What are the symptoms of Bulimia?
Bulimia nervosa is a serious eating disorder causing an individual to become trapped in a binge-purge cycle. A binge means consuming a large number of calories in a short period of time, normally in secret, accompanied by feeling a loss of control. The binge is followed by overwhelming feelings of guilt and shame, triggering the purge, which often involves self-induced vomiting, but can also include over-exercising and the use of laxatives.
Bulimia nervosa is the second most common eating disorder. The national eating disorders charity Beat states there are approximately 1.25 million people in the UK who have an eating disorder. Of these, around ten per cent have anorexia nervosa, 40 per cent have bulimia nervosa and the remaining 50 per cent have binge eating disorders or EDNOS (eating disorders not otherwise specified).
Individuals with bulimia tend to be within a normal weight range. Equally, people may wait many years before seeking bulimia treatment due to feelings of guilt and shame about their condition. It is important to note that the effects of bulimia are serious. We consider the physical effects of bulimia, together with impacts on well being which include chronic fatigue, depression and low self-esteem.
Signs and symptoms of bulimia
The binge is one of the symptoms of bulimia which is perhaps not straightforward to define. What is the difference between ‘overdoing it’ or ‘comfort eating’ and the sort of binge that might be considered one of the signs of bulimia? In quantitative terms, a binge is an amount of food which is significantly larger than a person would be expected to eat during a single episode.
Often, a binge involves the consumption of food that is ‘forbidden’ or ordinarily avoided (for example high calorie, high carbohydrate content). An important component of bulimia symptoms are the feelings of guilt which follow the binge. This is far more intense than regret at eating ‘too much’. Feelings are painful and overwhelming, driving the purge which follows.
Understanding bulimia symptoms
In common with all eating disorders, the effects of bulimia tell us a person is struggling to cope with very difficult and painful feelings. Bulimia treatment focuses on emotions and feelings that trigger a binge: what are the things that have made a binge more likely to occur?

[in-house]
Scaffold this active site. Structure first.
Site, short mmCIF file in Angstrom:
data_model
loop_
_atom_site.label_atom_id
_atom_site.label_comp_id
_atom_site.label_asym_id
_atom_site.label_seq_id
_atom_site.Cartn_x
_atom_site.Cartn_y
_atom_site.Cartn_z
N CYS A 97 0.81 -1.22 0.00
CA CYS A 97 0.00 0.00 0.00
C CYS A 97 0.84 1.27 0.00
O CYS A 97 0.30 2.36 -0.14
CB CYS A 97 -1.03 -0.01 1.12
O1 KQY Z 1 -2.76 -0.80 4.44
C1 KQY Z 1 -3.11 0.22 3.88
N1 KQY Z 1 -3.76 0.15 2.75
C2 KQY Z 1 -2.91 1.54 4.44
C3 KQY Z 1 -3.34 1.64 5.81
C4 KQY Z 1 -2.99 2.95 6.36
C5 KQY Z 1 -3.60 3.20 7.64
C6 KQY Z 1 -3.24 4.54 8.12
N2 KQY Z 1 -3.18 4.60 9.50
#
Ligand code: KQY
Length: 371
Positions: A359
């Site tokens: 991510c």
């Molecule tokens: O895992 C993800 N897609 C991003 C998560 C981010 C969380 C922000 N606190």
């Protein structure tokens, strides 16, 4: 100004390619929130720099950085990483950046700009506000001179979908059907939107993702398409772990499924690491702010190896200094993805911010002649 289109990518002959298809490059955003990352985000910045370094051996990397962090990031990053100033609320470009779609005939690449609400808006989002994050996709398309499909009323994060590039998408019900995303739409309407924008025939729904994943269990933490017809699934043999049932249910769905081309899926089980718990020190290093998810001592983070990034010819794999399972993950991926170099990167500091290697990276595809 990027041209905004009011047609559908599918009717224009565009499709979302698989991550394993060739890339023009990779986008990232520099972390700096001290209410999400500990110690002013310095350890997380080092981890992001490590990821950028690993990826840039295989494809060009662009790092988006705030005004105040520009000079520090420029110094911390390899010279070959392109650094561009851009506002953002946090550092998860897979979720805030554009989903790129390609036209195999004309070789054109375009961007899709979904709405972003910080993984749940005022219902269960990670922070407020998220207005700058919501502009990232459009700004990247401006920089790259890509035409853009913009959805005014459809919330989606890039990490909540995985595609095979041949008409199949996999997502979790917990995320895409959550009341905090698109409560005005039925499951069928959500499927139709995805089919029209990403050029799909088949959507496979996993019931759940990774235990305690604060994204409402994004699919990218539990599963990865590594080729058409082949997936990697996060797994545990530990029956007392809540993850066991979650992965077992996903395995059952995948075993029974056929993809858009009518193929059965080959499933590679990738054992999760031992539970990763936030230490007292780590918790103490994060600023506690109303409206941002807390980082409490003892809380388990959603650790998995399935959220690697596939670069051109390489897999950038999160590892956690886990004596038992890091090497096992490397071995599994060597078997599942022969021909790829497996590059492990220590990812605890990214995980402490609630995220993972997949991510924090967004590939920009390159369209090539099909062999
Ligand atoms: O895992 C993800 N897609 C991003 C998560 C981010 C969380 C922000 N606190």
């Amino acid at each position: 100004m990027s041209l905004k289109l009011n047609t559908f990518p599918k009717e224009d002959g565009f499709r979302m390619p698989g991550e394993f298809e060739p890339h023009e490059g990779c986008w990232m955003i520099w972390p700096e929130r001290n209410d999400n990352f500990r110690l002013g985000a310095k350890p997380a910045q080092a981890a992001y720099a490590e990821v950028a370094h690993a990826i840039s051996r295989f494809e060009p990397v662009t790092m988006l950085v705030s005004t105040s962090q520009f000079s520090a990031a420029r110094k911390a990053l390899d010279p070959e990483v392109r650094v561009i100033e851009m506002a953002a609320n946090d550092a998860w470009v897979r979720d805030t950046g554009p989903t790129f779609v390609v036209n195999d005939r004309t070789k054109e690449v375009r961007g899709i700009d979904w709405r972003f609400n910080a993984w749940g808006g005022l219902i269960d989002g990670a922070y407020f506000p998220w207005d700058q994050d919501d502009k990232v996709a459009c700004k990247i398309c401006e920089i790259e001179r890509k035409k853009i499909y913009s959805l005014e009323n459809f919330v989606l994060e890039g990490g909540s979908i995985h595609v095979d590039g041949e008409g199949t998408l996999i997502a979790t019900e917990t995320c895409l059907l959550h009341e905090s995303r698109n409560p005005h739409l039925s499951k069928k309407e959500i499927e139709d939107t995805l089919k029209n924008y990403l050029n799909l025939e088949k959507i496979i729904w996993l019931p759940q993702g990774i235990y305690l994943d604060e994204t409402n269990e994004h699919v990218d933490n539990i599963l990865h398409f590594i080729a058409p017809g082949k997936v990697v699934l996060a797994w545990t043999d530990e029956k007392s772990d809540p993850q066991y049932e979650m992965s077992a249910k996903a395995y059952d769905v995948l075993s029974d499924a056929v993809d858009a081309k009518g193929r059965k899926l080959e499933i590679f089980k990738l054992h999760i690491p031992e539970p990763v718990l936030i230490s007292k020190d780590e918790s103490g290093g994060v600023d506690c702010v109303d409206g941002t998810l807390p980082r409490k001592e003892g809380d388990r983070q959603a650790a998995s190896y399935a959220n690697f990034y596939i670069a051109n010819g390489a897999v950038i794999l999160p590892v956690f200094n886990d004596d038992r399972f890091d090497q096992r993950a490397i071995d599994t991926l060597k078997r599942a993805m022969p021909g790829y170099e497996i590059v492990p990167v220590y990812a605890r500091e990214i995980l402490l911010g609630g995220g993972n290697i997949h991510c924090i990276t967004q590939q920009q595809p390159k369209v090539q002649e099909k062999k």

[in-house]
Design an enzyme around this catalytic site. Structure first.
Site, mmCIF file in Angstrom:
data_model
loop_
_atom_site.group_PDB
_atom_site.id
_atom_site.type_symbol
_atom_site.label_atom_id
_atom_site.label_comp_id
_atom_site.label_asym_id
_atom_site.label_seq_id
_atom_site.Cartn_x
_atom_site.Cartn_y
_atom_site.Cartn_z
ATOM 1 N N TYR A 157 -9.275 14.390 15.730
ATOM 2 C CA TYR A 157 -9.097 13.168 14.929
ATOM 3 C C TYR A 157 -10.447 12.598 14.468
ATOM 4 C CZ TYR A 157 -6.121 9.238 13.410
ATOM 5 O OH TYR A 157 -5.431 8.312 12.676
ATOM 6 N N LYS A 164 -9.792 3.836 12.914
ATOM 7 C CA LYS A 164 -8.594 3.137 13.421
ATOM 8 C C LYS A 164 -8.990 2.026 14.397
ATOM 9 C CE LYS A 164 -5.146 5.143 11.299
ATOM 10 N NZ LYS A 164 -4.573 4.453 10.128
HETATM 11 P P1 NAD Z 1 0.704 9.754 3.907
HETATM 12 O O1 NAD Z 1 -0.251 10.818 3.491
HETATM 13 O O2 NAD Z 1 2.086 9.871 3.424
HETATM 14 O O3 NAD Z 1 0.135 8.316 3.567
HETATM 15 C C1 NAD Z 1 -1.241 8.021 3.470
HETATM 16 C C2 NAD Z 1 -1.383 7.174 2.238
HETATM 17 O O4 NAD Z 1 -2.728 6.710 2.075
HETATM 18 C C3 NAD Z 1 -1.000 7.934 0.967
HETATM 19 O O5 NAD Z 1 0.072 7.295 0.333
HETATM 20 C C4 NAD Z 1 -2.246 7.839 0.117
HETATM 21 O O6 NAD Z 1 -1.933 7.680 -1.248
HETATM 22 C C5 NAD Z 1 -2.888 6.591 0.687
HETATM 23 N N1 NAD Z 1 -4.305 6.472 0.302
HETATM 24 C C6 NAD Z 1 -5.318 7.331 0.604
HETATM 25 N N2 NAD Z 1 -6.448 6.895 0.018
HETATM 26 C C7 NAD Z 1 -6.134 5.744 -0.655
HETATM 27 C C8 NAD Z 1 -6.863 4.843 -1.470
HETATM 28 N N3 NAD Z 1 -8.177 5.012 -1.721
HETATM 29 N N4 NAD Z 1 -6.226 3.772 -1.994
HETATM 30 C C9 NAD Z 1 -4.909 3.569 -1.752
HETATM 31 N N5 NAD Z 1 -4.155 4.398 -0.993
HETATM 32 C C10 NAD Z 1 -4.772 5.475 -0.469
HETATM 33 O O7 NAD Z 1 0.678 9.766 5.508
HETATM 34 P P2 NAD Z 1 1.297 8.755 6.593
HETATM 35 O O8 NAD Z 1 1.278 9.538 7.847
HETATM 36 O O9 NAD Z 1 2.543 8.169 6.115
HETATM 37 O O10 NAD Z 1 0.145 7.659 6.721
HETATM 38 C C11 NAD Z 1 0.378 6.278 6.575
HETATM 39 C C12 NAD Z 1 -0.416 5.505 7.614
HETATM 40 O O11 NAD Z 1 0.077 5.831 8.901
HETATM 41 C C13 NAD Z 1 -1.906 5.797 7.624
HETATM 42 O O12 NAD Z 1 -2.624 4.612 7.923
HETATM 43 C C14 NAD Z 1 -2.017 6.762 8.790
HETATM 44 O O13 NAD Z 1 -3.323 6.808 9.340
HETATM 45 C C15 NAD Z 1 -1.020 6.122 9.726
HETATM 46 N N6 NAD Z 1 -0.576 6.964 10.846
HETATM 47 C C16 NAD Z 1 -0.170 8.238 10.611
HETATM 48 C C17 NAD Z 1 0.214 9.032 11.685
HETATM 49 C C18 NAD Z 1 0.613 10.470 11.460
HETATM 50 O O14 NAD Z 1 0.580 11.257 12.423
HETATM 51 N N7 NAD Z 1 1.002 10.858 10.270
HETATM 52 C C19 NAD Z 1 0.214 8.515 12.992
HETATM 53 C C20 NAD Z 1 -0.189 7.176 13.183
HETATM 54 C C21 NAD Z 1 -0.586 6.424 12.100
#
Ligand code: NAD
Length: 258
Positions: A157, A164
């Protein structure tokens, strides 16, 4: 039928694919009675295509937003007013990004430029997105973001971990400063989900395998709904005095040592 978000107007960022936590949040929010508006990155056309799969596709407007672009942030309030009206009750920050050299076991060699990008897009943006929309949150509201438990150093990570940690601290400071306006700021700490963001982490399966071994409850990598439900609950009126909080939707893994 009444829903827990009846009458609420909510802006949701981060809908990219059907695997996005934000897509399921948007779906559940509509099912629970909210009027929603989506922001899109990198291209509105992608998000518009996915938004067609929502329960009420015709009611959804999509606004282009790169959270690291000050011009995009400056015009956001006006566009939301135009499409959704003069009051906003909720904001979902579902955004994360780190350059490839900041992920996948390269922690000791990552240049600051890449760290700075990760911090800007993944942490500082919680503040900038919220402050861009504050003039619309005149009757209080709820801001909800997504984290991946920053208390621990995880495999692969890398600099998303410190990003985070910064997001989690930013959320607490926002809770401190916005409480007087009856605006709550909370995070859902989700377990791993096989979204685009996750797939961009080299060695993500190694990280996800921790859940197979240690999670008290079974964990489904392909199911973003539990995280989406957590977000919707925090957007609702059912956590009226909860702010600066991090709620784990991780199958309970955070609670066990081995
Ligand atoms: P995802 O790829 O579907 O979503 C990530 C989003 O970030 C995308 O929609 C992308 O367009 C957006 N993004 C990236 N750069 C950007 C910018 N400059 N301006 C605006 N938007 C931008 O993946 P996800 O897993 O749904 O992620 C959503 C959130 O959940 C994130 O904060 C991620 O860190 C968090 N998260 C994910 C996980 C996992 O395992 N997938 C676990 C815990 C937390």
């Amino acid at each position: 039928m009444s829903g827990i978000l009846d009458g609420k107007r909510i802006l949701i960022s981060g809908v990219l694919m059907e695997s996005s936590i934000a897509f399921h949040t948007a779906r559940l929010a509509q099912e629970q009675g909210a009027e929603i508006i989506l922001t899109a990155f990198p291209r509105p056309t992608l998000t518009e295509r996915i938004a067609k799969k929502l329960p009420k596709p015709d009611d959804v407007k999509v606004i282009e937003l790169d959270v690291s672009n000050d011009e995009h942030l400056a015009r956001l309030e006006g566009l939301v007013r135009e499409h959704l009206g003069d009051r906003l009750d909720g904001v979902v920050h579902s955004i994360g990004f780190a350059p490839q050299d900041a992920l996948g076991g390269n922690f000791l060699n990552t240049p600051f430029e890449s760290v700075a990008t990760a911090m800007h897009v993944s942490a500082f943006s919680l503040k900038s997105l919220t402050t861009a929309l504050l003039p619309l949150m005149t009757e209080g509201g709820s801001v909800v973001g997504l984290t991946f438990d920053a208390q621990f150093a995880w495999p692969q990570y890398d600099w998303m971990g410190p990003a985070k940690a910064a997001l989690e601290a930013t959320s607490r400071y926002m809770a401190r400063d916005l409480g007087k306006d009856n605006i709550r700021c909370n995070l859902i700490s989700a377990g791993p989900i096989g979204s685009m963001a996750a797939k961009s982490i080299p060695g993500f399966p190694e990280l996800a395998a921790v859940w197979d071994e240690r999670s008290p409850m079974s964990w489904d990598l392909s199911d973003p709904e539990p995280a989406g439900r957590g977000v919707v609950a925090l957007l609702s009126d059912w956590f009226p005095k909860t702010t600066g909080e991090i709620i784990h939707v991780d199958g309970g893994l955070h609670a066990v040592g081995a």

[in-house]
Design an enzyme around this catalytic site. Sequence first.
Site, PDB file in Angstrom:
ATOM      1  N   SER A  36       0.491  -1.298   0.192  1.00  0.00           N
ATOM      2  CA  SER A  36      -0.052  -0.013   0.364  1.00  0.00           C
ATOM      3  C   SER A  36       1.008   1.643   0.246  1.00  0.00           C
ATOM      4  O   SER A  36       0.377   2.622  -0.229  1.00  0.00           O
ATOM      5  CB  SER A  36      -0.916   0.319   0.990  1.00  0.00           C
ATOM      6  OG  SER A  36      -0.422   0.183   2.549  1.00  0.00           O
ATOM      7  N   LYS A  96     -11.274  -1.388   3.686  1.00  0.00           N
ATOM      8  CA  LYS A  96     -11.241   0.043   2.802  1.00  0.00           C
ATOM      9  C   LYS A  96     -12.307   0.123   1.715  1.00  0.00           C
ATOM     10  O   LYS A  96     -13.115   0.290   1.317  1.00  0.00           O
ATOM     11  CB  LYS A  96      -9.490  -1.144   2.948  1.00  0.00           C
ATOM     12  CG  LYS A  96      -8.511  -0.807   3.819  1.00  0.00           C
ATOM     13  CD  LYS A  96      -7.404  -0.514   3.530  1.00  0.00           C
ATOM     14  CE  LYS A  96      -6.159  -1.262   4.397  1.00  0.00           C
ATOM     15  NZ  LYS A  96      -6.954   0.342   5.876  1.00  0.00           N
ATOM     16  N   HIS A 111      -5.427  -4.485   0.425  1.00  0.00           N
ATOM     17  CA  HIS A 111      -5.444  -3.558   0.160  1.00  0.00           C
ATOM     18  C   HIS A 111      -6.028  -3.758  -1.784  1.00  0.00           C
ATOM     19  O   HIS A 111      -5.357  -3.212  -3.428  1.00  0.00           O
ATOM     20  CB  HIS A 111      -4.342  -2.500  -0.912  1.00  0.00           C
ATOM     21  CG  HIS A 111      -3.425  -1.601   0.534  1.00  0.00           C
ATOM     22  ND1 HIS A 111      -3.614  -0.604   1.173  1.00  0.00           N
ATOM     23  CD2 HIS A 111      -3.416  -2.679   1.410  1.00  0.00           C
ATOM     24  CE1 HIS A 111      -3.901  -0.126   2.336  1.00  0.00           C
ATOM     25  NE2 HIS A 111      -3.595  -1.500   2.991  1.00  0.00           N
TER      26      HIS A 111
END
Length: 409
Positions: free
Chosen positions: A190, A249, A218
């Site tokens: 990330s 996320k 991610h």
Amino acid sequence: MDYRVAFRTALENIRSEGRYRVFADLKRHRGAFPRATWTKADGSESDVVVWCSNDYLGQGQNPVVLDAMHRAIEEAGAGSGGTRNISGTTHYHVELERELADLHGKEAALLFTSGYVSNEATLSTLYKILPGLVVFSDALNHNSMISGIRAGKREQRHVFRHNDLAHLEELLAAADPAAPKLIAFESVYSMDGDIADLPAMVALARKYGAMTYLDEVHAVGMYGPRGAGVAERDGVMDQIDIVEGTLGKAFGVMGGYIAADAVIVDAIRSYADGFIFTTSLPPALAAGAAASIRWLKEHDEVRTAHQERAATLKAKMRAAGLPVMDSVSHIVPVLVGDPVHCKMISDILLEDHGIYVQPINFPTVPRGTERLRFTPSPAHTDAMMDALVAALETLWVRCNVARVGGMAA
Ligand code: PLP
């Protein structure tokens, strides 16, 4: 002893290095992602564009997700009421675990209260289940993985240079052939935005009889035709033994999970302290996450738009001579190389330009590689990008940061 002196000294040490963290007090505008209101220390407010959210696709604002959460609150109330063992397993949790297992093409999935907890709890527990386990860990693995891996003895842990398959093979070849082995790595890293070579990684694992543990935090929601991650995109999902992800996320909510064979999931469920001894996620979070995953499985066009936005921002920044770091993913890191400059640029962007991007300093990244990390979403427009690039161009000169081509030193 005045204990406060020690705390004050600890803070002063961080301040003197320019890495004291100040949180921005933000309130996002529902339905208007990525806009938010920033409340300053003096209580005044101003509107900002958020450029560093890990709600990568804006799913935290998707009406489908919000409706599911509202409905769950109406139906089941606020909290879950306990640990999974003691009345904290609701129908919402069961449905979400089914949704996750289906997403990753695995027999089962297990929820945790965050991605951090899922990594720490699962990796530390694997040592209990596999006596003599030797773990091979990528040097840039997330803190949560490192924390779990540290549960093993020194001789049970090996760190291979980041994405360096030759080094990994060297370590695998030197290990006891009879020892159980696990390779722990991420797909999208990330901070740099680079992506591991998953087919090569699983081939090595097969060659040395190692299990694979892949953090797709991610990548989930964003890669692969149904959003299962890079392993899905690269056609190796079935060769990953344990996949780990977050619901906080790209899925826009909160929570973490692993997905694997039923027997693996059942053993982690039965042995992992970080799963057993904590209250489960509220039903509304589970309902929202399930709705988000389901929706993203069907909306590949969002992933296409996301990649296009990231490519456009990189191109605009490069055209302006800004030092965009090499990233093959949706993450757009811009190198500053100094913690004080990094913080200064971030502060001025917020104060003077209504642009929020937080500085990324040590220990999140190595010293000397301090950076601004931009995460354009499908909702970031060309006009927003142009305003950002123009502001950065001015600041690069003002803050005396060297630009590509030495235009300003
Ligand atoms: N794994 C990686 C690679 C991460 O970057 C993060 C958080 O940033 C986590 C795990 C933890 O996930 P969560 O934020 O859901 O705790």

Individuals are often encouraged to keep a diary and precisely record the circumstances, their feelings and emotions that precede each binge, so a full picture can be seen and understood.
Common causal factors for bulimia nervosa, like other eating disorders, includes: genetic predisposition, childhood trauma, family difficulties, stressful life events, personality factors and low self-esteem. There is always more than one factor involved and the exact pattern contributing to the development of an eating disorder will vary for each individual.
Treatment and support
The positive message is that many studies have shown established bulimia treatment approaches are effective and recovery rates are good, especially when therapy commences at an early stage. The main treatment approach for bulimia nervosa is Cognitive Behavioural Therapy (CBT) using a programme adapted for eating disorders. Studies have shown this is an effective way of treating bulimia, providing a practical, solutions-based focus on the thoughts and emotions occurring before a person binges and how that pattern of responses can be altered.
This type of bulimia treatment is usually delivered by a psychologist specialising in Cognitive Behavioural Therapy, seeing patients once a week for an individual session lasting about one hour for up to 20 sessions, depending on needs. Some people also find patient support groups are helpful to bulimia recovery, providing an opportunity to meet other people who are coping with the effects of bulimia and sharing experiences.